A study published in June 2023 identified the protein NPTX2 as a potential biomarker for Alzheimer’s disease, which is the most common type of dementia.

And research published in October 2021 reported that blood proteins called microRNAs may be used to identify early Alzheimer’s disease risk.

Prof. Feng and his team analyzed blood samples of over 52,000 adults without dementia from the UK Biobank. These blood samples were collected between 2006 to 2010 and frozen.

As of March 2023, 1,417 people who provided blood samples had developed dementia. Using AI machine learning, the researchers identified 11 specific proteins found in the blood samples of the people who had developed dementia.

These 11 proteins were then combined into a protein panel. According to researchers, when also incorporating traditional dementia risk factors such as age, gender, education level, and genetics, they were able to predict a person’s likelihood of developing dementia up to 15 years before diagnosis with more than 90% accuracy.

The researchers stated these 11 proteins may offer new therapeutic targets for dementia medications. Additionally, they believe this prediction panel could be an important tool for screening middle to older adults who are at a high risk of dementia.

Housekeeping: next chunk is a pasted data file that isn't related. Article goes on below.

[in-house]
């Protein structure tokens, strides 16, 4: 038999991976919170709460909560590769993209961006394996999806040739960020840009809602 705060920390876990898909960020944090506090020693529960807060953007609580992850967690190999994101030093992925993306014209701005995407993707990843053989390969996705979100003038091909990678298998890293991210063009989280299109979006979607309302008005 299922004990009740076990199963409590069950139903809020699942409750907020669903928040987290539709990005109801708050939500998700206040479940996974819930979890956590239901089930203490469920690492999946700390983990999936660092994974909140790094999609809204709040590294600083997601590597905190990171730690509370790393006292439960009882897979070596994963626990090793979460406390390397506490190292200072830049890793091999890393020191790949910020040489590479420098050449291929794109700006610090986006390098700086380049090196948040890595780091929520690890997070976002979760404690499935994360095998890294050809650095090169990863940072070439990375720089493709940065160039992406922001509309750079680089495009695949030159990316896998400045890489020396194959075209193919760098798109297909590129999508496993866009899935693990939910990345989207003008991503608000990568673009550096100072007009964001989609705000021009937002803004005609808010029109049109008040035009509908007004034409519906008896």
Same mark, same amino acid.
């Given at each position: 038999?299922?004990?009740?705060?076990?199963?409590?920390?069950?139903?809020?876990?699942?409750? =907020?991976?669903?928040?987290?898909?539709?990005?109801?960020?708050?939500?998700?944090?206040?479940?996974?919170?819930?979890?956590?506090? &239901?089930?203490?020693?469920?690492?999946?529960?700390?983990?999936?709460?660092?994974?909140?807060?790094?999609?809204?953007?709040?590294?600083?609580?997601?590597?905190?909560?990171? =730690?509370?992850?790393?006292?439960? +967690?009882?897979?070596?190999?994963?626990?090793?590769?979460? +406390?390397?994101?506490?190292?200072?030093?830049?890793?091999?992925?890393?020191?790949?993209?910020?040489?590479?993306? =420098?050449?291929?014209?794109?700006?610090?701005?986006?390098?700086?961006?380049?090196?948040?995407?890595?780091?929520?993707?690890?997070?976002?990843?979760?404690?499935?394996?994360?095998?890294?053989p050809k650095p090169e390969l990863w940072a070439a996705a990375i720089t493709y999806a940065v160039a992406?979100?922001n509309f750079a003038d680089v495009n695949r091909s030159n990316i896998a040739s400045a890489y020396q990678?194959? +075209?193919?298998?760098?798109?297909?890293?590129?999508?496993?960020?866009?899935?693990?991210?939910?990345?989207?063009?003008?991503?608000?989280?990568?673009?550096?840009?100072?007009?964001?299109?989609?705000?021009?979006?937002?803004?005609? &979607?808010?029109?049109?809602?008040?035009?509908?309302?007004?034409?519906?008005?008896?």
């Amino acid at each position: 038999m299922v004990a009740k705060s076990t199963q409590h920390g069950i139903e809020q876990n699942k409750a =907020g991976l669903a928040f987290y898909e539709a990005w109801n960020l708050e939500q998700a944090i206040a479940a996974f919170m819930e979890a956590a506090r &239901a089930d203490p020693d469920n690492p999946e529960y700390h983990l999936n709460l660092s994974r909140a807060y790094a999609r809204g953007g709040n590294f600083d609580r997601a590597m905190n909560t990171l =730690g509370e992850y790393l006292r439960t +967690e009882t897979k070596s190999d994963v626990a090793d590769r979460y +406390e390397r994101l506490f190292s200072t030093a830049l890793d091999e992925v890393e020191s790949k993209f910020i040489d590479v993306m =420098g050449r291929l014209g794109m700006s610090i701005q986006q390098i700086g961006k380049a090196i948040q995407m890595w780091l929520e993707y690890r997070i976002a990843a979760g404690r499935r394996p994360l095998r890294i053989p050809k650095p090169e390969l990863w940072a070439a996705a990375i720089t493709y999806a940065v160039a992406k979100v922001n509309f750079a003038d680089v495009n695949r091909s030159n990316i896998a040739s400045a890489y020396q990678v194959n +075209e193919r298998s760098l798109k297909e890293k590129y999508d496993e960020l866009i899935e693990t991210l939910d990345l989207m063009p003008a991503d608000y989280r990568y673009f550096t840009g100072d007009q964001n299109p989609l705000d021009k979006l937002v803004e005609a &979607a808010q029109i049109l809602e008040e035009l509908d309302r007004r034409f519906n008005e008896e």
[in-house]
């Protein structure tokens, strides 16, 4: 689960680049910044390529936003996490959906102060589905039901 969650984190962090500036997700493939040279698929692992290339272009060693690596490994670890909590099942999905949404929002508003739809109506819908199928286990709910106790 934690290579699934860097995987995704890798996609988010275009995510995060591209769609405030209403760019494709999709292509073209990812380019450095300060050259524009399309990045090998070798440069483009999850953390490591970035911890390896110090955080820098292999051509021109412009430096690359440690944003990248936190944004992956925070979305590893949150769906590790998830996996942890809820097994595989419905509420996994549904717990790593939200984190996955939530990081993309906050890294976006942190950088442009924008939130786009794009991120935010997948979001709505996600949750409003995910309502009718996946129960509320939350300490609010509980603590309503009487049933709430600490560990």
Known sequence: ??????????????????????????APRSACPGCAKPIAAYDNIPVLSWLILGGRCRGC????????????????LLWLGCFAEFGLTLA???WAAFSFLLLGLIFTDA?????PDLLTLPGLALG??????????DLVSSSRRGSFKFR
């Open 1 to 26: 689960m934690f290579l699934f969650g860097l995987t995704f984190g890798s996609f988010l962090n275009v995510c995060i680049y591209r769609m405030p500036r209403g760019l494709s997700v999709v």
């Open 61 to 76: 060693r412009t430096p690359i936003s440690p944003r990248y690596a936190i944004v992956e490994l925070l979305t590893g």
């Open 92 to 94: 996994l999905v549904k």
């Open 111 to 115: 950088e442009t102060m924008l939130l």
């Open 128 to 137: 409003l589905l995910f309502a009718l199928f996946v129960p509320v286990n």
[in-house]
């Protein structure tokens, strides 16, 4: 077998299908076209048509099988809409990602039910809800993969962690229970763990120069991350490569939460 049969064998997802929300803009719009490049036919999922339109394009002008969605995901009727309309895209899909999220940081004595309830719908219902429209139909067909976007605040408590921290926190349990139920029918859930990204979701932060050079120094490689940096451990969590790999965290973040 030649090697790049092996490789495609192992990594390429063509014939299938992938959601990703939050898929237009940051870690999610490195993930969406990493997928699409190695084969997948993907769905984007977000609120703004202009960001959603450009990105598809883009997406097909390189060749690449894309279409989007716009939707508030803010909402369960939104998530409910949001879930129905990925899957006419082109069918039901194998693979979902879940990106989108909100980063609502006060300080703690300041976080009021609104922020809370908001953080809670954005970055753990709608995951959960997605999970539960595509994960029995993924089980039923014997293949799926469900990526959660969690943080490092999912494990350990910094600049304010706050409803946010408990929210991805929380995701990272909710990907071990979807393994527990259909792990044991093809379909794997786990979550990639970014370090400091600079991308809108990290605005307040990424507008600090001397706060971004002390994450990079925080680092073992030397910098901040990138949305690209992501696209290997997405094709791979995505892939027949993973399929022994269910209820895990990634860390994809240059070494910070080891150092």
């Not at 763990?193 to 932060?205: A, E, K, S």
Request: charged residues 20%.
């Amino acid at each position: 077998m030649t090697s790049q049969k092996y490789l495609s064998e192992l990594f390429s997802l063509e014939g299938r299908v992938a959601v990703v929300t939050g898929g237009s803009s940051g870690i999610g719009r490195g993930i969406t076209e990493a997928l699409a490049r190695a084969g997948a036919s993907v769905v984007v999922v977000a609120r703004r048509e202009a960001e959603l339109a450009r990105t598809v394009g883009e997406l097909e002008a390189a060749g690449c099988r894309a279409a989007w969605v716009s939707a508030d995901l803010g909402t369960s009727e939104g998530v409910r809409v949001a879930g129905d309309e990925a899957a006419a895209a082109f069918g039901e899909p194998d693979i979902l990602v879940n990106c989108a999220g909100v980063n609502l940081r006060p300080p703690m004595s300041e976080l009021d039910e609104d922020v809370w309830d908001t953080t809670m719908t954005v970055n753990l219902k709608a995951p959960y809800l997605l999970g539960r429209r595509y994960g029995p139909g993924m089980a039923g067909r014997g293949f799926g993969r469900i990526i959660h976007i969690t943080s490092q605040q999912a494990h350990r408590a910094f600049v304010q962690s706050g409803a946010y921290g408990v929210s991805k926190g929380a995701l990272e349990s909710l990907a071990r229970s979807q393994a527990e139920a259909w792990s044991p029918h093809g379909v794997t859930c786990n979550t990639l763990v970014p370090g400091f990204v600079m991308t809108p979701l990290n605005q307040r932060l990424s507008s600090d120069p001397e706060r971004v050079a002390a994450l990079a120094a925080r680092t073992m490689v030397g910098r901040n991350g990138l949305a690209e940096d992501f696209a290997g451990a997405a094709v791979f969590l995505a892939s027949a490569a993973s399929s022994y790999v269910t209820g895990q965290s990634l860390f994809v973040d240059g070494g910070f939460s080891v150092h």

“This model could be seamlessly integrated into the NHS [National Health Service in the U.K.], and used as a screening tool by general practitioners,” Prof. Feng says.

When asked how quickly we may see an early diagnosis test for dementia based on these protein biomarkers, his answer was that, optimistically, it could be available in half a year.

“[Our next step for this research is] to test the currently available drugs on these subjects who are early diagnosed as risk subjects,” Prof. Feng added.

After reviewing this study, Dr. Jennifer Bramen, a senior research scientist at the Pacific Neuroscience Institute in Santa Monica, CA, told MNT that this study advances risk prediction using proteomics.

“The ability to assess the risk of multiple diseases from a single blood test could be valuable for early detection and prevention,” Dr. Bramen explained.